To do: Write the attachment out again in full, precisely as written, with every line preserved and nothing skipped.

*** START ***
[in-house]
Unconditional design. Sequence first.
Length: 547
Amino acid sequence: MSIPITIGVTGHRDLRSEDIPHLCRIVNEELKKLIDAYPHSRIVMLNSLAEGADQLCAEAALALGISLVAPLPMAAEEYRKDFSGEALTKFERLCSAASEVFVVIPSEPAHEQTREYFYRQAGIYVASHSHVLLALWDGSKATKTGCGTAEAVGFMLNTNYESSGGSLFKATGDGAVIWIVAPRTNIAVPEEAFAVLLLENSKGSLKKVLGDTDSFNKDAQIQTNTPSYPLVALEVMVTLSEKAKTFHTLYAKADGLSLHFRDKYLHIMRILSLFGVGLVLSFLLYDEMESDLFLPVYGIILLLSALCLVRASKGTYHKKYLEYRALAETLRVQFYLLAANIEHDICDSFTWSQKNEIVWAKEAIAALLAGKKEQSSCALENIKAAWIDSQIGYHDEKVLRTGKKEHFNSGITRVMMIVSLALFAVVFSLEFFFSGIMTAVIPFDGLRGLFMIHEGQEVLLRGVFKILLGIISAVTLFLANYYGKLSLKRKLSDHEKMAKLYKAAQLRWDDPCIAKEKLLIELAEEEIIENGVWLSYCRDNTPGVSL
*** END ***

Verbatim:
[in-house]
Unconditional design. Sequence first.
Length: 547
Amino acid sequence: MSIPITIGVTGHRDLRSEDIPHLCRIVNEELKKLIDAYPHSRIVMLNSLAEGADQLCAEAALALGISLVAPLPMAAEEYRKDFSGEALTKFERLCSAASEVFVVIPSEPAHEQTREYFYRQAGIYVASHSHVLLALWDGSKATKTGCGTAEAVGFMLNTNYESSGGSLFKATGDGAVIWIVAPRTNIAVPEEAFAVLLLENSKGSLKKVLGDTDSFNKDAQIQTNTPSYPLVALEVMVTLSEKAKTFHTLYAKADGLSLHFRDKYLHIMRILSLFGVGLVLSFLLYDEMESDLFLPVYGIILLLSALCLVRASKGTYHKKYLEYRALAETLRVQFYLLAANIEHDICDSFTWSQKNEIVWAKEAIAALLAGKKEQSSCALENIKAAWIDSQIGYHDEKVLRTGKKEHFNSGITRVMMIVSLALFAVVFSLEFFFSGIMTAVIPFDGLRGLFMIHEGQEVLLRGVFKILLGIISAVTLFLANYYGKLSLKRKLSDHEKMAKLYKAAQLRWDDPCIAKEKLLIELAEEEIIENGVWLSYCRDNTPGVSL